Temperatures can be unbearable in Florida and everyone wants to cool off in the closest swimming pool. Unfortunately, swimming pools, whether public or private, come with significant risk for accidents and injuries. Drowning remains the leading cause of unintentional death among children ages 1-4, and pool owners can face potential liability when these tragedies occur.
How Common Are Pool Accidents?
According to the Centers for Disease Control, there are approximately 356 child drowning deaths each year, which is nearly one per day. 77% of those fatalities involve children under the age of 5. Not all drowning incidents result in death, and some can lead to serious and life-changing injuries.
The Consumer Product Safety Commission reports that there are roughly 6,400 non-fatal pool or spa-related drownings each year among children under the age of 15 that require emergency department (ED) treatment. Of these, the majority involve swimming pools and an average of 73% per year involve children under the age of 5.
Drowning is not the only tragic pool accident among children. Some others include pool drain entrapment, injuries from pool chemicals, slip and falls on a deck, and pool electrocution injuries. Serious injuries can occur in and around swimming pools that may require hospitalization and long-term care. Some of these include:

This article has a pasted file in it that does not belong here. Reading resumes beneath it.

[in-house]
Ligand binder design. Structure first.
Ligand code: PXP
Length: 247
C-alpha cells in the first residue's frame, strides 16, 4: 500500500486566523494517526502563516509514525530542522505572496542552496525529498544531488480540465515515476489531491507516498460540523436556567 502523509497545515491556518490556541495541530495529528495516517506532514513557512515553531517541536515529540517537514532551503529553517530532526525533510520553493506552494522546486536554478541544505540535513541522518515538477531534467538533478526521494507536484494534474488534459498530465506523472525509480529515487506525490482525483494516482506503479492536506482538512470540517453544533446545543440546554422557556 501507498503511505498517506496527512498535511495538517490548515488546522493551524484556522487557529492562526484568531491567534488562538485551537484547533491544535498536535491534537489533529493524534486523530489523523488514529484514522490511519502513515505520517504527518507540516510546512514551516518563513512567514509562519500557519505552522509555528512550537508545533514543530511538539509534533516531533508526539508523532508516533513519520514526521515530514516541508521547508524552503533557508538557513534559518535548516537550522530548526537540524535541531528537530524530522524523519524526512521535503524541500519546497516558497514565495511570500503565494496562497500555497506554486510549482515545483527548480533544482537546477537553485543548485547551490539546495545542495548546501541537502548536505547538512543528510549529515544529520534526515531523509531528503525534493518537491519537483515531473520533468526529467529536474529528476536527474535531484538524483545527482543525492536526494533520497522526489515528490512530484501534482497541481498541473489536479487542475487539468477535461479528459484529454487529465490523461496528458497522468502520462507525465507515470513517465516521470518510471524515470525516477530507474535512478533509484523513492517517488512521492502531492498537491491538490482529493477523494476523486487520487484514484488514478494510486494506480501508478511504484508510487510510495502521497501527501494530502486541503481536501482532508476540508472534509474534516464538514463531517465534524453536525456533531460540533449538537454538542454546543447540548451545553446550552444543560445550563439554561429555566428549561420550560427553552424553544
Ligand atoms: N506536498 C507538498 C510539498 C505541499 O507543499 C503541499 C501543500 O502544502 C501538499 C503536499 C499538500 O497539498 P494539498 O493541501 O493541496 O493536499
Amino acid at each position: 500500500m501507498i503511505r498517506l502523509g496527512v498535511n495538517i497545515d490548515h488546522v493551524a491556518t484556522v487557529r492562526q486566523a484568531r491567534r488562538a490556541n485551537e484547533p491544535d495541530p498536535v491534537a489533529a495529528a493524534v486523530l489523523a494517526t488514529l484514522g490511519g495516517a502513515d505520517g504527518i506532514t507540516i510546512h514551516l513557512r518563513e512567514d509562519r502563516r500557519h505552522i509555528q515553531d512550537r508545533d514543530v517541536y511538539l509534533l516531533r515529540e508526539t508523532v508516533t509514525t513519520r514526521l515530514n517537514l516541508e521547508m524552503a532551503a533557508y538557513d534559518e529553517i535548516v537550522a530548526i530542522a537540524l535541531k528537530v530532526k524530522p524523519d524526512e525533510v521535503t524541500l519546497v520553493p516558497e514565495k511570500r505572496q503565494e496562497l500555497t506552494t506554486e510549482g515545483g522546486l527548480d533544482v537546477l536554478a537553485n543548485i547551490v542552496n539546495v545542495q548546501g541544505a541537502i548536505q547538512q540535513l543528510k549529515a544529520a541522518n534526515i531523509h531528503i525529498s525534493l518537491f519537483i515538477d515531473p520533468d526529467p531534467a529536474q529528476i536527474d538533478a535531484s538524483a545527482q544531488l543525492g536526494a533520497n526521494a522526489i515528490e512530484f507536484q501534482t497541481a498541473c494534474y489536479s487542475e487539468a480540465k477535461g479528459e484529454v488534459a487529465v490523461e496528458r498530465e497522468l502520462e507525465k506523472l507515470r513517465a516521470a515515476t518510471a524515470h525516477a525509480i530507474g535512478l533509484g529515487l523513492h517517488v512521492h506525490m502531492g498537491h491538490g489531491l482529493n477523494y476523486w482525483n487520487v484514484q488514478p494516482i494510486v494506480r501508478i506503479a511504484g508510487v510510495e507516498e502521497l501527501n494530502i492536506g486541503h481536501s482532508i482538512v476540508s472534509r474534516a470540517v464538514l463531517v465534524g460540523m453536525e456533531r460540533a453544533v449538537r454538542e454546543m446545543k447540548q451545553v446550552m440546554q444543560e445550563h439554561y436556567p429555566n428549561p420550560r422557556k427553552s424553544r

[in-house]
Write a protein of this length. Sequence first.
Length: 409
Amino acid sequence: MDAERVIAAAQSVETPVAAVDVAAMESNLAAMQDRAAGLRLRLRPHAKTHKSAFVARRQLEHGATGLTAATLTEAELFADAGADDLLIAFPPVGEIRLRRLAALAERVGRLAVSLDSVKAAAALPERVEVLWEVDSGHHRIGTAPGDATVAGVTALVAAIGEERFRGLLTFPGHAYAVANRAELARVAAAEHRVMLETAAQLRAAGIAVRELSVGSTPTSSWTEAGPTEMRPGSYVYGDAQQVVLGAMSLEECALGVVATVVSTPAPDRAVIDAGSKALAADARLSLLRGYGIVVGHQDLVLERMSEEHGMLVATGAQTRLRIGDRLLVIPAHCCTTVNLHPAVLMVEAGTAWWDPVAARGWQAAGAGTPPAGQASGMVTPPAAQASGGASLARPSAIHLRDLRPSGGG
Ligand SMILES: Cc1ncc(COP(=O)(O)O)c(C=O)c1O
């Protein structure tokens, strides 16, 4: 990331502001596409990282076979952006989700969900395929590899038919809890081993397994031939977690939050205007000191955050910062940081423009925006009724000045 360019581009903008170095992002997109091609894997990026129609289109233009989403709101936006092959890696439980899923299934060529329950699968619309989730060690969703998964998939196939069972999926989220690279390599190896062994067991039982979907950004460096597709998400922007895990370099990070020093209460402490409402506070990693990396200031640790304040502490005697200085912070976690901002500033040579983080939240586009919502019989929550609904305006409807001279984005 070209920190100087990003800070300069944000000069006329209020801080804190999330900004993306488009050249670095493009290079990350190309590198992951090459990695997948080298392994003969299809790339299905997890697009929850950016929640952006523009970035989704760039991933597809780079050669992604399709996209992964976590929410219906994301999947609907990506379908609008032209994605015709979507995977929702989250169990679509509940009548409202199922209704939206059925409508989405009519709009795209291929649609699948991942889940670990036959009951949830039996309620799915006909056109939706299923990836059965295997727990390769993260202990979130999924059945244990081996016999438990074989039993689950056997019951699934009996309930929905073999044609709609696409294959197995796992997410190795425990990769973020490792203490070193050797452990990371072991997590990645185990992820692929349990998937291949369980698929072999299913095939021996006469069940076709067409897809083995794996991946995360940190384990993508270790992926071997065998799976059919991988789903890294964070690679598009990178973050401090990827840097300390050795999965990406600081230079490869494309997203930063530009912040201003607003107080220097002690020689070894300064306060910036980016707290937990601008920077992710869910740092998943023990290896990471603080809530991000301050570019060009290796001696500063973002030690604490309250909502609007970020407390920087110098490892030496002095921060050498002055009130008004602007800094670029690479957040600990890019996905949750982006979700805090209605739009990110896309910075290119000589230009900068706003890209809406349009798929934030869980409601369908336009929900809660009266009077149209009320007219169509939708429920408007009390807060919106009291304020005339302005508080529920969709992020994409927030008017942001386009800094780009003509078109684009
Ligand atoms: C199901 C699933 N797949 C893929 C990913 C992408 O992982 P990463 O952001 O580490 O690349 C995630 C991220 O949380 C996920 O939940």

- Spinal cord injuries
- Traumatic brain injury
- Broken bones
- Internal injuries
Who is Responsible When a Pool Accident Happens?
Property owners have a legal responsibility to provide a safe swimming area. If they fail to do this, whether the pool is at a home, condo, apartment, or hotel, they could be held responsible for any injuries or death sustained by children in their swimming pool.
Swimming pool accidents fall under an area of law known as premises liability. As a general rule, if the property owner was negligent and their negligence caused or contributed to your child’s injury or death, they could be held legally accountable for your damages. Some of the ways that your personal injury attorney can show negligence in these cases include:
- Inadequate pool maintenance
- Poor or malfunctioning pool lighting
- Missing safety equipment
- Defective parts in or around the pool
- Defective or malfunctioning diving boards
- Improperly trained staff
Pool owners may believe that they can eliminate liability with warnings signs and fences, but this is only partially effective. While these are requirements in most places to minimize drowning incidents, a pool owner may still be found negligent. The concept known as “attractive nuisance” will still hold a property owner responsible if a child trespasses and is injured or drowns in a private pool.
Pool Safety & Children
Swimming pools are a great way to cool off during the summer and a common source of family fun. Unfortunately, they can also be dangerous for children. Poolsafety.gov recommends several pool safety tips to keep children free from harm.
- Teach children how to swim.
- Never leave a child unattended in or near a swimming pool.
- Teach children to avoid swimming pool drains.
- Install proper pool and spa barriers, covers, and alarms.
- Ensure that pools and spas have legally-compliant drain covers.
- Learn how to perform adult and child CPR.